The record of the 'traditional' rating agencies is deplorable. Go back 10 years and you will not find them having called time on Enron's 'asset-lite' business empire, nor on any of the dozen or so large Enron wannabees that had sprung up in emulation of that pioneering 'merchant energy' and which were all to go under in 2001-2002, basically for the same reason of gross under-capitalisation.
Cue for breast-beating, sack-cloth-n-ashes and, we were led to believe, soul-searching. Oh, how the agencies realised the error of their ways ! Oh, how they now saw the additional analysis that was required. Oh, how they would never let it happen again.
They told the energy market players that, unless they disclosed a great deal more, in particular about their proprietary trading and its inherent risks, they would be severely dealt with in the ratings department. And indeed, for a brief but glorious period in 2002-2003, a window of transparency was established, through which to view the relevant details of the (remaining) energy merchants' activities. Disclosure was made on a scale never seen before.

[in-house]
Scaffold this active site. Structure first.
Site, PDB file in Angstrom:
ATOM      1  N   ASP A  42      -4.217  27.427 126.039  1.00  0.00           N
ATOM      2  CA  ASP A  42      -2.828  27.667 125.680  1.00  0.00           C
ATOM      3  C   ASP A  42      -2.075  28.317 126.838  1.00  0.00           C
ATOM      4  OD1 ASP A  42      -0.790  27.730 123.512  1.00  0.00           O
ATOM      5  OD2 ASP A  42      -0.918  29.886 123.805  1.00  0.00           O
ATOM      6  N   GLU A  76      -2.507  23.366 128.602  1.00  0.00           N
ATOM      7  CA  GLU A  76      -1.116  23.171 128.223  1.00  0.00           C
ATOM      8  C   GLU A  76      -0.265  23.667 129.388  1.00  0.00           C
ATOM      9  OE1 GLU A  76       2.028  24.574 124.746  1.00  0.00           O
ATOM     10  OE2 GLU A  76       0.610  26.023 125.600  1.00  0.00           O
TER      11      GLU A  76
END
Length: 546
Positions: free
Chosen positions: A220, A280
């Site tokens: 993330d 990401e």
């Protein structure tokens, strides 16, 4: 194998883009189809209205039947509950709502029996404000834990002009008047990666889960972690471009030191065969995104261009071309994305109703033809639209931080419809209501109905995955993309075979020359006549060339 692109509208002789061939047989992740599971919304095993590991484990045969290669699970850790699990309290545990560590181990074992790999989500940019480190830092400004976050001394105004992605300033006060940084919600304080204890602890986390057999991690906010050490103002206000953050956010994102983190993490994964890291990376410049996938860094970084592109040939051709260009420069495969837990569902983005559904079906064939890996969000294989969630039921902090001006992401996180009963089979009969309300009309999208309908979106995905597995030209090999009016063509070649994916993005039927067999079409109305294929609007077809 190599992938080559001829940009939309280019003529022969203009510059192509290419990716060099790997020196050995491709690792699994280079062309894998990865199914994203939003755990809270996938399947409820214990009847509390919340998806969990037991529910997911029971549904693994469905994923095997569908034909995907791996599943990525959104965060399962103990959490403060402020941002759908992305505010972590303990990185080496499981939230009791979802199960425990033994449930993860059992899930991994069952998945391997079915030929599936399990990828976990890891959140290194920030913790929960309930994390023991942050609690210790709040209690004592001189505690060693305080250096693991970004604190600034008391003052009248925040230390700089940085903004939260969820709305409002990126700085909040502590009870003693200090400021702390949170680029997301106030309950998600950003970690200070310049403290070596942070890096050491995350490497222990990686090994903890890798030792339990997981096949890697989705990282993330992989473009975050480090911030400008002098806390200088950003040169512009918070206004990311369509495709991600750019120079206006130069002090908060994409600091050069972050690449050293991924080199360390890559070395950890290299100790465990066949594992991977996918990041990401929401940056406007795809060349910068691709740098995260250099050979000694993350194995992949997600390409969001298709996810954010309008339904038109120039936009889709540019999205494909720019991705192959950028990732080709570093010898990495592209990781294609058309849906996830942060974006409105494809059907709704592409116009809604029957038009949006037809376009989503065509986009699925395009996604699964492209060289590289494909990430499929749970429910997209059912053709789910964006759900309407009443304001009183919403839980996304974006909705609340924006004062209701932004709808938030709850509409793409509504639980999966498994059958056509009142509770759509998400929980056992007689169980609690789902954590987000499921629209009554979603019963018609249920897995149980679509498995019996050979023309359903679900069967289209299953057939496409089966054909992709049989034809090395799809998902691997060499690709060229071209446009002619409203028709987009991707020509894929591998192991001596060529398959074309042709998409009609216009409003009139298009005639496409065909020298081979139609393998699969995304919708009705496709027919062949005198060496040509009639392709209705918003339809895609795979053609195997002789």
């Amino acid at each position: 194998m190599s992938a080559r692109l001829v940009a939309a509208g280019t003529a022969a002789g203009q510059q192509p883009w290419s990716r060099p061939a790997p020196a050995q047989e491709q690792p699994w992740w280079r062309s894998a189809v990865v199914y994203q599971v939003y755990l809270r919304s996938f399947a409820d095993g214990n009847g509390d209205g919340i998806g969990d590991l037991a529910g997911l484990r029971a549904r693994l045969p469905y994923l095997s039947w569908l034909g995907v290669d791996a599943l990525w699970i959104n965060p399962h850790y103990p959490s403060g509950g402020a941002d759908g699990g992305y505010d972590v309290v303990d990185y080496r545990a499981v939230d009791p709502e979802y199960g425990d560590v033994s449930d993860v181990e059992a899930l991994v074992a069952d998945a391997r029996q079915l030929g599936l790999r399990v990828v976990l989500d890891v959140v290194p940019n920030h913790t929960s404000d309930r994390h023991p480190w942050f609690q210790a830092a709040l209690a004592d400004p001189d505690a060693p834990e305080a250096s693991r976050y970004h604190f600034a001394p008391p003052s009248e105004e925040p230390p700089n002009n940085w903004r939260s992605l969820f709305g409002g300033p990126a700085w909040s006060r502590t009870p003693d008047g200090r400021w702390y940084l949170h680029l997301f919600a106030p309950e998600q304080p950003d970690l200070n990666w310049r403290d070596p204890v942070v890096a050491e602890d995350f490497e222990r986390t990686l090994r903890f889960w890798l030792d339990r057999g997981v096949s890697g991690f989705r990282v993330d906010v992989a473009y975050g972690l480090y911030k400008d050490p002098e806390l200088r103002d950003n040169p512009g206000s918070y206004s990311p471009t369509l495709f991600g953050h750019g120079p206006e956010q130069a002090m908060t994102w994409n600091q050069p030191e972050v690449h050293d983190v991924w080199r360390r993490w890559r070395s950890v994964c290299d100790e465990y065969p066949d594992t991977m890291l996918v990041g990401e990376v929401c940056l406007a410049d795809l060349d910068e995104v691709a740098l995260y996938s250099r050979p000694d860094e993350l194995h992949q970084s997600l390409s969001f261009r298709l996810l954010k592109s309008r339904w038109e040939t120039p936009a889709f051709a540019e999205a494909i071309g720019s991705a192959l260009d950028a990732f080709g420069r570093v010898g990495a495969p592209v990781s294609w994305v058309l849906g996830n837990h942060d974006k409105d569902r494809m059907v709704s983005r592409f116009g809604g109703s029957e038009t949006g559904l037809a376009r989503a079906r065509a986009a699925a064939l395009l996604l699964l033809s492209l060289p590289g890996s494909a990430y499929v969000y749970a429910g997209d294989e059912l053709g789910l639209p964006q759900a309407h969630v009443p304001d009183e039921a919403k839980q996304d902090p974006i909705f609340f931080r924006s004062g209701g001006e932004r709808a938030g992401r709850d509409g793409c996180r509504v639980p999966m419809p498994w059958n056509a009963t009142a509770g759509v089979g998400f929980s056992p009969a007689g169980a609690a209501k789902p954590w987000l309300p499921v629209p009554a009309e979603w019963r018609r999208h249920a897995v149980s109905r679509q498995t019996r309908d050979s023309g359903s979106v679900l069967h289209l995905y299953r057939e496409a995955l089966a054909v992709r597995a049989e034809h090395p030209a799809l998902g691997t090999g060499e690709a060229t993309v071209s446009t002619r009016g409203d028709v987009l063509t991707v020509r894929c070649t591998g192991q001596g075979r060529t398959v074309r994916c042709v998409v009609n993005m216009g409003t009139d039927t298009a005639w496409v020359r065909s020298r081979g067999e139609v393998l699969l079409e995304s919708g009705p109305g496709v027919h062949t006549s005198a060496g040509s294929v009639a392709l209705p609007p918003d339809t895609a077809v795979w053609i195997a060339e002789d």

Or, indeed, since: for guess what ? Gradually the window misted over, and the window-cleaners stayed away. Soon we were back to the minimalist disclosures of yore. And what's to be expected, when the agencies receive their fees from the firms whose debt they are rating ! Don't like a rating you've been given ? Then go rating-shopping.
So there was never much chance that the vastly bigger and more complex banking sector was going to get proper scrutiny. As late as 3 days before it collapsed, Bear Stearns was rated single-A by both Moody's and S&P ! Such failures can only have contributed to the crisis.
An interesting development then is the fearsome Jules Kroll's proposal to set up a new rating agency. One trusts his 'sceptical' approach is as rigorous - and successful - as his reputation from the world of corporate security would imply, and as the world of finance sorely needs. A new business-model required, since one can't see a great deal of traditional business migrating their way ? Yes: he plans to seek fees from investors - a form of outsourced due-diligence.
Good luck with that. It has to come.